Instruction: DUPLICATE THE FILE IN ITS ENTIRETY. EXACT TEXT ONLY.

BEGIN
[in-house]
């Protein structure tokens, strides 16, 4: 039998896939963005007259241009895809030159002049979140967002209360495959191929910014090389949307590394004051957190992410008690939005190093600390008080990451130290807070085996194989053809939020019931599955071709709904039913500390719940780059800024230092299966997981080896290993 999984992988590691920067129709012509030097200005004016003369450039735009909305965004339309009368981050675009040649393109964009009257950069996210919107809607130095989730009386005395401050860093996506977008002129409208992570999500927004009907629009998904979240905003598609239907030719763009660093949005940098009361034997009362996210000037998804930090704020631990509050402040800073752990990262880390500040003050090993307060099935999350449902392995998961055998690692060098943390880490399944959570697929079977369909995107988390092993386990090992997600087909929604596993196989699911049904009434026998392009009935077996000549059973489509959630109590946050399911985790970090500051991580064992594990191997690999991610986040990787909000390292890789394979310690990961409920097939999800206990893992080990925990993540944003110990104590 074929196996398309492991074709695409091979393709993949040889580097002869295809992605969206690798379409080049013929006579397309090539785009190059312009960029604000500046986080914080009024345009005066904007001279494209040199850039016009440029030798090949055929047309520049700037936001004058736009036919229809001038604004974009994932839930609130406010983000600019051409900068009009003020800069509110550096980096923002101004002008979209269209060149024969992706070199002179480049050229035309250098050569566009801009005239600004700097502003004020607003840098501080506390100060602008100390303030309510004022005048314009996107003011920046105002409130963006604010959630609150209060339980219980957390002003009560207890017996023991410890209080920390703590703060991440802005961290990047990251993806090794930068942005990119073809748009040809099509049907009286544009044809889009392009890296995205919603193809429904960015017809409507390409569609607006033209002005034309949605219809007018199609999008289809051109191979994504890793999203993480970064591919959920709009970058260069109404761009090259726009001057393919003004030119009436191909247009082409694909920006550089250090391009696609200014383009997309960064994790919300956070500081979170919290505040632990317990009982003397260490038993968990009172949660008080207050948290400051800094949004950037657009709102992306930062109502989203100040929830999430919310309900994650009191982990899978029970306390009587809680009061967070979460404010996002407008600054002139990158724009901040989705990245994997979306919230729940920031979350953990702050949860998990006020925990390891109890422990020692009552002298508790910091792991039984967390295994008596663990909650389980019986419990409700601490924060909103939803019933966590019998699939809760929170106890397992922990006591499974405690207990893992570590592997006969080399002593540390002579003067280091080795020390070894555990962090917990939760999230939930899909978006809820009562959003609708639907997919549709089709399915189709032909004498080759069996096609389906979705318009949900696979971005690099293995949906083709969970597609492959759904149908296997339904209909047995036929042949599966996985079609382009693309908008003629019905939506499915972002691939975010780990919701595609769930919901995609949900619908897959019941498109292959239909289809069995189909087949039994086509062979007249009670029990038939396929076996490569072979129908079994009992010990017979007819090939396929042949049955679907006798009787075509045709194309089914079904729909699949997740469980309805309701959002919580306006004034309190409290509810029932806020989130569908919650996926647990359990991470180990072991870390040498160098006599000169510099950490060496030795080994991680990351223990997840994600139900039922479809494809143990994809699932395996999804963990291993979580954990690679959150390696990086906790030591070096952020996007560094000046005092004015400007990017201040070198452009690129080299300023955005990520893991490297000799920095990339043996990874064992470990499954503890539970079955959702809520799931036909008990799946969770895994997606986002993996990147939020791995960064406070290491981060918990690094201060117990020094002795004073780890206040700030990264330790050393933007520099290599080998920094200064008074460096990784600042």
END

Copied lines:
[in-house]
């Protein structure tokens, strides 16, 4: 039998896939963005007259241009895809030159002049979140967002209360495959191929910014090389949307590394004051957190992410008690939005190093600390008080990451130290807070085996194989053809939020019931599955071709709904039913500390719940780059800024230092299966997981080896290993 999984992988590691920067129709012509030097200005004016003369450039735009909305965004339309009368981050675009040649393109964009009257950069996210919107809607130095989730009386005395401050860093996506977008002129409208992570999500927004009907629009998904979240905003598609239907030719763009660093949005940098009361034997009362996210000037998804930090704020631990509050402040800073752990990262880390500040003050090993307060099935999350449902392995998961055998690692060098943390880490399944959570697929079977369909995107988390092993386990090992997600087909929604596993196989699911049904009434026998392009009935077996000549059973489509959630109590946050399911985790970090500051991580064992594990191997690999991610986040990787909000390292890789394979310690990961409920097939999800206990893992080990925990993540944003110990104590 074929196996398309492991074709695409091979393709993949040889580097002869295809992605969206690798379409080049013929006579397309090539785009190059312009960029604000500046986080914080009024345009005066904007001279494209040199850039016009440029030798090949055929047309520049700037936001004058736009036919229809001038604004974009994932839930609130406010983000600019051409900068009009003020800069509110550096980096923002101004002008979209269209060149024969992706070199002179480049050229035309250098050569566009801009005239600004700097502003004020607003840098501080506390100060602008100390303030309510004022005048314009996107003011920046105002409130963006604010959630609150209060339980219980957390002003009560207890017996023991410890209080920390703590703060991440802005961290990047990251993806090794930068942005990119073809748009040809099509049907009286544009044809889009392009890296995205919603193809429904960015017809409507390409569609607006033209002005034309949605219809007018199609999008289809051109191979994504890793999203993480970064591919959920709009970058260069109404761009090259726009001057393919003004030119009436191909247009082409694909920006550089250090391009696609200014383009997309960064994790919300956070500081979170919290505040632990317990009982003397260490038993968990009172949660008080207050948290400051800094949004950037657009709102992306930062109502989203100040929830999430919310309900994650009191982990899978029970306390009587809680009061967070979460404010996002407008600054002139990158724009901040989705990245994997979306919230729940920031979350953990702050949860998990006020925990390891109890422990020692009552002298508790910091792991039984967390295994008596663990909650389980019986419990409700601490924060909103939803019933966590019998699939809760929170106890397992922990006591499974405690207990893992570590592997006969080399002593540390002579003067280091080795020390070894555990962090917990939760999230939930899909978006809820009562959003609708639907997919549709089709399915189709032909004498080759069996096609389906979705318009949900696979971005690099293995949906083709969970597609492959759904149908296997339904209909047995036929042949599966996985079609382009693309908008003629019905939506499915972002691939975010780990919701595609769930919901995609949900619908897959019941498109292959239909289809069995189909087949039994086509062979007249009670029990038939396929076996490569072979129908079994009992010990017979007819090939396929042949049955679907006798009787075509045709194309089914079904729909699949997740469980309805309701959002919580306006004034309190409290509810029932806020989130569908919650996926647990359990991470180990072991870390040498160098006599000169510099950490060496030795080994991680990351223990997840994600139900039922479809494809143990994809699932395996999804963990291993979580954990690679959150390696990086906790030591070096952020996007560094000046005092004015400007990017201040070198452009690129080299300023955005990520893991490297000799920095990339043996990874064992470990499954503890539970079955959702809520799931036909008990799946969770895994997606986002993996990147939020791995960064406070290491981060918990690094201060117990020094002795004073780890206040700030990264330790050393933007520099290599080998920094200064008074460096990784600042």